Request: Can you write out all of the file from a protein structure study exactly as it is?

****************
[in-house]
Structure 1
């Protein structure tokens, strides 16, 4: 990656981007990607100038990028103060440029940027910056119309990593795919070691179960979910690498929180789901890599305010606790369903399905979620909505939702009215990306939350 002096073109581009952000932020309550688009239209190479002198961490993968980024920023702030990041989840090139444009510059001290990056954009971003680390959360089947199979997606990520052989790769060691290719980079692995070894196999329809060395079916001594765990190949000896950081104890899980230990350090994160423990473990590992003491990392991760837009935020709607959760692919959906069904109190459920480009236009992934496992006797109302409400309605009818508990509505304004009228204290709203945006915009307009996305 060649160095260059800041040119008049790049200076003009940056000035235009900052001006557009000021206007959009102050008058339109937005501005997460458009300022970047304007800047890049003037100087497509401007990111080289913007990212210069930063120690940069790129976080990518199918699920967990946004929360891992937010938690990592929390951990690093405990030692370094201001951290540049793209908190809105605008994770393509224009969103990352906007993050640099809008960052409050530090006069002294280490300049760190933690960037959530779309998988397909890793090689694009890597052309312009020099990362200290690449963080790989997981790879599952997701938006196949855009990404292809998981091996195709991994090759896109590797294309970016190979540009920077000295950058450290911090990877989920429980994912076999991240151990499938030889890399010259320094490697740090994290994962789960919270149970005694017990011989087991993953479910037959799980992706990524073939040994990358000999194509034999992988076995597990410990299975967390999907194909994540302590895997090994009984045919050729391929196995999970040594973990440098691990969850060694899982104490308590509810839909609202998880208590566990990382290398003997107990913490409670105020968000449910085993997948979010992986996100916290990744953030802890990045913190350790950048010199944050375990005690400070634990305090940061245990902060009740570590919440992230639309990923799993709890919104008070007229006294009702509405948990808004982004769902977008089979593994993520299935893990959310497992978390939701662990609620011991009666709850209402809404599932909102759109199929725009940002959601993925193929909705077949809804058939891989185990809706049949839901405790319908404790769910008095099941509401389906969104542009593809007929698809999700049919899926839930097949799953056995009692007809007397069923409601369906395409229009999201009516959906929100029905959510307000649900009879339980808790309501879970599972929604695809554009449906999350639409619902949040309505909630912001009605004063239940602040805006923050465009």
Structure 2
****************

[in-house]
Structure 1
């Protein structure tokens, strides 16, 4: 990656981007990607100038990028103060440029940027910056119309990593795919070691179960979910690498929180789901890599305010606790369903399905979620909505939702009215990306939350 002096073109581009952000932020309550688009239209190479002198961490993968980024920023702030990041989840090139444009510059001290990056954009971003680390959360089947199979997606990520052989790769060691290719980079692995070894196999329809060395079916001594765990190949000896950081104890899980230990350090994160423990473990590992003491990392991760837009935020709607959760692919959906069904109190459920480009236009992934496992006797109302409400309605009818508990509505304004009228204290709203945006915009307009996305 060649160095260059800041040119008049790049200076003009940056000035235009900052001006557009000021206007959009102050008058339109937005501005997460458009300022970047304007800047890049003037100087497509401007990111080289913007990212210069930063120690940069790129976080990518199918699920967990946004929360891992937010938690990592929390951990690093405990030692370094201001951290540049793209908190809105605008994770393509224009969103990352906007993050640099809008960052409050530090006069002294280490300049760190933690960037959530779309998988397909890793090689694009890597052309312009020099990362200290690449963080790989997981790879599952997701938006196949855009990404292809998981091996195709991994090759896109590797294309970016190979540009920077000295950058450290911090990877989920429980994912076999991240151990499938030889890399010259320094490697740090994290994962789960919270149970005694017990011989087991993953479910037959799980992706990524073939040994990358000999194509034999992988076995597990410990299975967390999907194909994540302590895997090994009984045919050729391929196995999970040594973990440098691990969850060694899982104490308590509810839909609202998880208590566990990382290398003997107990913490409670105020968000449910085993997948979010992986996100916290990744953030802890990045913190350790950048010199944050375990005690400070634990305090940061245990902060009740570590919440992230639309990923799993709890919104008070007229006294009702509405948990808004982004769902977008089979593994993520299935893990959310497992978390939701662990609620011991009666709850209402809404599932909102759109199929725009940002959601993925193929909705077949809804058939891989185990809706049949839901405790319908404790769910008095099941509401389906969104542009593809007929698809999700049919899926839930097949799953056995009692007809007397069923409601369906395409229009999201009516959906929100029905959510307000649900009879339980808790309501879970599972929604695809554009449906999350639409619902949040309505909630912001009605004063239940602040805006923050465009």
Structure 2